The campaign for the new University of Maine Student Government (UMSG) executives got underway last week. Bentley Simpson, a third-year marine science student and Harrison Ransley, a second-year economics and political science student, are the candidates for president while Chase Flaherty, a second-year mechanical engineering student, is running uncontested for vice president.
Simpson currently serves as the vice president of Student Government and he’s been involved as a senator since the fall of his first year at UMaine.
As a senator, Simpson served as the sergeant at arms, the liaison of services and auxiliaries and a student representative in the Faculty Senate. Simpson cites one of his favorite things about his roles with Student Government as the sense of camaraderie and working relationships he has built along the way.
Harrison Ransley has also been a part of Student Government since his first month of coming to UMaine. He said that he wanted to be a part of the organization right away.
“People talk about their fraternity or sorority as pivotal in their college experience for relationships, personal development and service,” Ransley said. “When people say that, I think of Student Government as that type of organization for me. It’s full of great people.”
Outside of his position as a senator in Student Government, Ransley is also a member of the Green Team, Tango Club and the new Dungeons and Dragons Club. He said that during his time in Student Government, he has sat on most of the organization’s committees.
One of the most significant committees on which Ransley has served is the Student Conduct Code Oversight and Review Committee (SCCORC), which he currently chairs. He also helps draft policy amendments in the Policy and Procedure Committee, represents students on the Faculty Senate, offers recommendations for campus improvements in the Services Committee and works with political clubs to promote voter turnout and political civility on the Political Activism Committee.
Ransley said one of his high priority goals as president would be to successfully amend the Student Conduct Code and to help expand the counseling center at UMaine. This first goal is something he has been working on as a senator this semester, but it might not be done until the fall semester of 2019.
“I believe changes to the code are necessary because some basic rights one would receive outside of the university do not exist within the code,” Ransley said.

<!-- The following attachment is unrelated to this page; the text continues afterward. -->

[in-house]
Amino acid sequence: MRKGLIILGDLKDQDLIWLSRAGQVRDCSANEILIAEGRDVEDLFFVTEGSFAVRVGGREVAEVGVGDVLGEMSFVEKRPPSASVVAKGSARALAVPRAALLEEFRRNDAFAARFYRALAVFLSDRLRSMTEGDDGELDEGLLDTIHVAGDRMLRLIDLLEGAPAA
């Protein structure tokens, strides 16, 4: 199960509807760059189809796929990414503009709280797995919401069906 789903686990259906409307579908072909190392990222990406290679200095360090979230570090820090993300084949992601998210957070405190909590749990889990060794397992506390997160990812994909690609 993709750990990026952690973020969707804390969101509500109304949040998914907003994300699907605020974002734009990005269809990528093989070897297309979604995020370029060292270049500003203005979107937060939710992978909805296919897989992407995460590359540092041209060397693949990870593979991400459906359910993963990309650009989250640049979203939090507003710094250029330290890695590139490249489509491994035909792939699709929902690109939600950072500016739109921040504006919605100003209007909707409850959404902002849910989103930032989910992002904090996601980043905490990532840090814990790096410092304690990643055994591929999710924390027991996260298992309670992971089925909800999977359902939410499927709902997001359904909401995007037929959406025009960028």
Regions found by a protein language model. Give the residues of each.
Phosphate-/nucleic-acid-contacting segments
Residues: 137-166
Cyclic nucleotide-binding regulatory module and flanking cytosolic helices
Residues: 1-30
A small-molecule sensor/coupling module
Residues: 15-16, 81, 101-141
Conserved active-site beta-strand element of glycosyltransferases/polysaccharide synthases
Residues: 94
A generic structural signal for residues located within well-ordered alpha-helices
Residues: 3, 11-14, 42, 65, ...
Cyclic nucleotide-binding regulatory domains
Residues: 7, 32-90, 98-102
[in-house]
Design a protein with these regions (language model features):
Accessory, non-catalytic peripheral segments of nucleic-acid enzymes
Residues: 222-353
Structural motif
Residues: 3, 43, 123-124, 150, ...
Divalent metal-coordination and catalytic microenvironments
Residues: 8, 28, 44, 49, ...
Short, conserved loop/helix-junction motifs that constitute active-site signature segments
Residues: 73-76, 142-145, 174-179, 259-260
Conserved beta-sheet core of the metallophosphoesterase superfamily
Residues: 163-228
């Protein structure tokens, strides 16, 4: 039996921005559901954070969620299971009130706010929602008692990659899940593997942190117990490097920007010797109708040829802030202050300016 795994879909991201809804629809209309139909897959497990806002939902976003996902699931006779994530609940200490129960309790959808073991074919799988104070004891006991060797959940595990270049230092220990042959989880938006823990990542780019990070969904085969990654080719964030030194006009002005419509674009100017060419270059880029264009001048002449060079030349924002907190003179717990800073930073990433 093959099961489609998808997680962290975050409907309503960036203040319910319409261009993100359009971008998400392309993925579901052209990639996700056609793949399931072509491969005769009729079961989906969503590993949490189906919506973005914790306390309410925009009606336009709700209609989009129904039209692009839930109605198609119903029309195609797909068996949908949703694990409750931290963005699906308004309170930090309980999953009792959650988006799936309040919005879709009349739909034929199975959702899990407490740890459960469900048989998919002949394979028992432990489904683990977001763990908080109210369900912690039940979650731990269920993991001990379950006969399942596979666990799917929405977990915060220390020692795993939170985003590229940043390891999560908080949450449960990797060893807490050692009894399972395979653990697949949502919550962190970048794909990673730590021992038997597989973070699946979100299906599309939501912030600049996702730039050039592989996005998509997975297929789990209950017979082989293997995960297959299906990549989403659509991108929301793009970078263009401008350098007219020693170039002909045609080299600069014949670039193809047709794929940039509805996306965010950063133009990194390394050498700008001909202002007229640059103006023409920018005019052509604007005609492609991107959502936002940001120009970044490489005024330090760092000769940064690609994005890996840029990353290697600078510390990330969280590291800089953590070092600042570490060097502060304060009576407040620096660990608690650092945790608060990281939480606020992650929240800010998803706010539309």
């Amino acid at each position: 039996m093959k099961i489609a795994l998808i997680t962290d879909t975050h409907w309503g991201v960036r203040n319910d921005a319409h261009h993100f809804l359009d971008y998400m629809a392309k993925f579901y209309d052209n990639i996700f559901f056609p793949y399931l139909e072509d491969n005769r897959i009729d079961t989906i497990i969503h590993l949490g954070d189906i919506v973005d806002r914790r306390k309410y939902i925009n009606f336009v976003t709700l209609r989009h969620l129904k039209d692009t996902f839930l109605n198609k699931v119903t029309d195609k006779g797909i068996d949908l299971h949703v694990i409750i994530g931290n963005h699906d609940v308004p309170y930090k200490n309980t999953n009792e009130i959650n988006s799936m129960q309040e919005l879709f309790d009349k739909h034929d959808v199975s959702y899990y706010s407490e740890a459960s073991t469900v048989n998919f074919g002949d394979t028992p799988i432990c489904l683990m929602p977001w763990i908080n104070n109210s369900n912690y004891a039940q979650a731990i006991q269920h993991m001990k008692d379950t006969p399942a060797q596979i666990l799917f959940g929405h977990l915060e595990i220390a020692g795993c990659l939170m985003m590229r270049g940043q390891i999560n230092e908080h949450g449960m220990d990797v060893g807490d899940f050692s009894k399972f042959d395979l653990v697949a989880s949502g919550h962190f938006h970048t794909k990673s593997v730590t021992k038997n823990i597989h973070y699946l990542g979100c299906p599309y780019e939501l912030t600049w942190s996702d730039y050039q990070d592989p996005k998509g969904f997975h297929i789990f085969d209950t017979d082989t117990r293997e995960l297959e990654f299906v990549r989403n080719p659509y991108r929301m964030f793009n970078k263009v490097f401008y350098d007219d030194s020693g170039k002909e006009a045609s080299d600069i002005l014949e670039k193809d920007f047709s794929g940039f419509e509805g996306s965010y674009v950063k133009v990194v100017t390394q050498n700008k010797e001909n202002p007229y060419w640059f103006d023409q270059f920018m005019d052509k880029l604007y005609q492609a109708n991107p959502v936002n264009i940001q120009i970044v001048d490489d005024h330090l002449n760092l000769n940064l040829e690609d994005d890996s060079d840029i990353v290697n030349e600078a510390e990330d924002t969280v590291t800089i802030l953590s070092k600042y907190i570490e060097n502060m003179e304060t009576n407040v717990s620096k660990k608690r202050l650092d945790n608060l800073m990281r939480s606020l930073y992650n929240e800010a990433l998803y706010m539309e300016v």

The second change is important to Ransley because he feels there needs to be stronger mental health support for those who need it. He believes students should not be afraid to ask for what they need and that Student Government could be more aggressively working for the students on that front.
“Historically speaking just about every bill we send up the chain of command gets rejected,” Ransley said. “Why not change tactics? Our job isn’t to be part of the administration or agreeable with them, it’s to help the students. To be clear I do believe they are trying to help and I do believe the Student Conduct Code gets most cases right. However after investigating there are some pretty reasonable amendments that I think should be implemented after being thoroughly fleshed out in SCCORC”.
Simpson’s platform, on the other hand, is heavily influenced by one goal: making campus feel like more of a community.
“I want to see more campus wide events and ensure all students get their dollars worth,” Simpson said.
Among other things, this platform has stemmed from Simpson’s impression that a lot of clubs hold events off campus. He wants to place more of an emphasis on club fundraising and holding events on campus. Simpson explained some ideas including more workshops, campus projects and a semi-formal event of some sort — all things can be targeted toward students.
“Every student pays the $53 student activity fee and I want to have events for [students] not in clubs,” Simpson said.
He also feels that his time as vice president has given him the inside view on what goes into getting things done in Student Government, in addition to allowing him to build good relationships with UMaine administrators.
“There is a lot of bureaucracy that goes into getting things done,” Simpson said. “That’s the result of being a public university, some of the things we try to do are not immediate changes but it builds a relationship that helps to find a solution.”
Student Government serves as a way to connect administrators to students and Simpson feels his year as vice president has allowed him a strong foundation to build off.
Elections for the president and vice president of Student Government for 2019-20 will take place on March 25, either online or in person in the Wade Center.